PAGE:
2000/789/EC: Commission Recommendation of 29 November 2000 setting out guidelines for the authorisation of warehousekeepers under Council Directive 92/12/EEC in relation to products subject to excise duty (notified under document number C(2000) 3355)
OJ L 314, 14.12.2000, p. 29–31 (ES, DA, DE, EL, EN, FR, IT, NL, PT, FI, SV)
DA DE EL EN ES FI FR IT NL PT SV
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of 29 November 2000
setting out guidelines for the authorisation of warehousekeepers under Council Directive 92/12/EEC in relation to products subject to excise duty
(notified under document number C(2000) 3355)
THE COMMISSION OF THE EUROPEAN COMMUNITIES,
Having regard to the Treaty establishing the European Community, and in particular the second indent of Article 211 thereof,
(1) Council Directive 92/12/EEC of 25 February 1992 on the general arrangements for products subject to excise duty and on the holding, movement and monitoring of such products(1), as last amended by Directive 2000/47/EC(2), requires warehouses and warehousekeepers handling manufactured tobacco, alcohol, alcoholic beverages and mineral oils to be authorised by the Member States.
(2) The report of the High Level Group on fraud in the tobacco and alcohol sectors, which was endorsed by the Directors-General of Customs and of Indirect Taxation on 24 April 1998, contains recommendations on tackling fraud.
(3) The Commission, in its communication to the Council on efforts to tackle fraud in the field of excise duties, fully endorses the High Level Group's analysis of the causes of the problem and agrees with the recommendations of the Group(3).
(4) The Ecofin Council endorsed the management summary of the High Level Group's report on 19 May 1998 and gave a political commitment to tackle fraud.
(5) The Group's work showed that Member States used differing criteria for granting or withdrawing authorisation as warehousekeeper.
(6) According to point (a) of Article 13 of Directive 92/12/EEC, national authorities must obtain a guarantee from the authorised warehousekeeper to cover the risk inherent in the intra-Community movement of goods.
(7) According to point (a) of Article 13 of Directive 92/12/EEC, national authorities may require authorised warehousekeepers to provide a guarantee to cover the risk inherent in the production, processing and holding of goods.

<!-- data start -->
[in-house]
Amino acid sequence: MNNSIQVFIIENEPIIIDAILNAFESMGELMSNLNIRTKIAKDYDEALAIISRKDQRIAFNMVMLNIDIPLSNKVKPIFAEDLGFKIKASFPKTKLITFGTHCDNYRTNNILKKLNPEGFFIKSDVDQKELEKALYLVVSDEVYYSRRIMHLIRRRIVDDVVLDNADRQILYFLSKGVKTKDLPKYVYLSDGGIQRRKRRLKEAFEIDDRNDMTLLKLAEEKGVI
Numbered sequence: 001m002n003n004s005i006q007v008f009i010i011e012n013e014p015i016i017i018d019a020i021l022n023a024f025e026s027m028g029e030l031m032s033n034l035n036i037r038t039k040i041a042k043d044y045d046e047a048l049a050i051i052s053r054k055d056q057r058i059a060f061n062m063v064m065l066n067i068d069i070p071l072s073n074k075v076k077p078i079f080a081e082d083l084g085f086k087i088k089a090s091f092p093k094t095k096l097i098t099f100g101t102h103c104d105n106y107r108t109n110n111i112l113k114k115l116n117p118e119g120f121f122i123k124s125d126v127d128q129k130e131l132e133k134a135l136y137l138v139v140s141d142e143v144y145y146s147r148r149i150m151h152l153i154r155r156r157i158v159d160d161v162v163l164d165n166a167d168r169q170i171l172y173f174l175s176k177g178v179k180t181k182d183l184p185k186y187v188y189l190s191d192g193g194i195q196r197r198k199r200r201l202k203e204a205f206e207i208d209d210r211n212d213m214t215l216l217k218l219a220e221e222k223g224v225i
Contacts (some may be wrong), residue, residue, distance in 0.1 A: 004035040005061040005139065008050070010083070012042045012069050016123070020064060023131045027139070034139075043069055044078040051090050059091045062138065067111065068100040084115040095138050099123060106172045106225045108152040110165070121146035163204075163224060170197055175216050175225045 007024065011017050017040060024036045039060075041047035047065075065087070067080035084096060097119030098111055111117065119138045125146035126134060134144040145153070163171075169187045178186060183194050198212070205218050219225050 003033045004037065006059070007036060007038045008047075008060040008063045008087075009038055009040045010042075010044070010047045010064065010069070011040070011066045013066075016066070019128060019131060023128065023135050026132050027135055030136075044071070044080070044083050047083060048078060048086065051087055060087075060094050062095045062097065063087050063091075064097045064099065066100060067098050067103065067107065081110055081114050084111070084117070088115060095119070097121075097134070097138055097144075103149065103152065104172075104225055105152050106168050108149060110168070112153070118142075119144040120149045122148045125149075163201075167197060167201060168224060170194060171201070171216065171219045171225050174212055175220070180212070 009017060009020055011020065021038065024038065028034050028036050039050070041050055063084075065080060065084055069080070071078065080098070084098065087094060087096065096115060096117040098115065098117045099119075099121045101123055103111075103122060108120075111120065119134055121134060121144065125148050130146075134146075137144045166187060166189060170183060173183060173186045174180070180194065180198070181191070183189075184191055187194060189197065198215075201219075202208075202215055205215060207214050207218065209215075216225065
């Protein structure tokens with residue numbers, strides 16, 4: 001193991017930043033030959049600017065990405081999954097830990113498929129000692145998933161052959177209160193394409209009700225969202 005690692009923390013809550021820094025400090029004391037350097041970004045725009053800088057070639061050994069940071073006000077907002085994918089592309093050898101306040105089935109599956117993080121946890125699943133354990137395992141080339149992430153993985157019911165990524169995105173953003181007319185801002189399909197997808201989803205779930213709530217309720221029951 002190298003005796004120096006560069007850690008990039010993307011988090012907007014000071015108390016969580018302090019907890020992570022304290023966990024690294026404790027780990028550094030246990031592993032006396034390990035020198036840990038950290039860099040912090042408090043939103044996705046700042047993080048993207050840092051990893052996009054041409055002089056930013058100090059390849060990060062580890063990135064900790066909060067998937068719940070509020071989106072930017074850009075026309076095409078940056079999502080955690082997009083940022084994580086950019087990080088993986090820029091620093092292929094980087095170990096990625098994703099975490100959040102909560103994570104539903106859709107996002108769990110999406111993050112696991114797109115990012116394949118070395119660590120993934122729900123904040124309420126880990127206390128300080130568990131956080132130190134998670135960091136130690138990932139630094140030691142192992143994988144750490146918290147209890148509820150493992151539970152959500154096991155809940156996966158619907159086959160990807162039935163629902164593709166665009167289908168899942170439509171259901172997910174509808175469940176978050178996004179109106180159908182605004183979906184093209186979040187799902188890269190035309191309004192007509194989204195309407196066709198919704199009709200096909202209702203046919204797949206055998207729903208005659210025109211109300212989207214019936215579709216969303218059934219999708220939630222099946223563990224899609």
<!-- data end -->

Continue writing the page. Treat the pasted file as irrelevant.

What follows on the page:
(8) According to point (a) of the second subparagraph of Article 16(2) of Directive 92/12/EEC, national authorities must obtain a guarantee from registered traders.
(9) Member States should be free to determine how guarantees are provided.
(10) According to Article 15a(1) of Directive 92/12/EEC, Member States have to maintain an electronic database of authorised warehousekeepers or traders registered for excise purposes, and premises authorised as tax warehouses.
(11) The High Level Group recommended that the Commission and the Member States should consider common principles for the authorisation of warehouses and warehousekeepers.
(12) A Fiscalis seminar was held in Luxembourg at the beginning of October 1998 to establish a guide for granting and withdrawing warehousekeepers' authorisations and for controlling goods in warehouses.
(13) Discussions have taken place at the meetings of the Excise Committee, and Member States have been invited to make proposals concerning the content of provisions.
(14) In order to ensure more uniform procedures for granting and withdrawing authorisation, the representatives of the Member States in the Excise Committee have unanimously agreed on the provisions contained in this Recommendation,
1. Member States are invited to apply the provisions of this Recommendation when authorising a natural or legal person keeping a warehouse:
(a) to produce, process, hold, receive and dispatch products subject to excise duty in the course of his business, excise duty being suspended;
(b) to receive, hold and dispatch products subject to excise duty under suspension of the duty.
2. This Recommendation should also be broadly applicable when authorising a registered trader, namely a natural or legal person without authorised-warehousekeeper status, to receive, in the course of his business, products subject to excise duty from another Member State under duty suspension arrangements.
CRITERIA FOR GRANTING AUTHORISATION
1. Although Member States are invited to apply strict criteria when granting authorisation to the persons specified in Article 1, a balance should be achieved between facilitating trade and exercising effective control.
2. For the purposes of reaching an informed decision and evaluating the potential risk to revenue of granting authorisation, the following information should be obtained from the applicant, prior to authorisation:
- the applicant's name and address,
- the type of activity,
- a plan of the premises and their location and a description of the activity and the plant,
- a written application supported by commercial records and company register information,
- the VAT number,
- an extract of the registration in the commercial register or an equivalent database, where such registration is required by the Member State concerned,
- the names of the company's officers, their position and their powers in the company,
- details of the company's accounting system, internal control measures and methods of audit,
- details of the company's financial position, its revenue history and its compliance with other fiscal obligations (customs, VAT, direct taxation),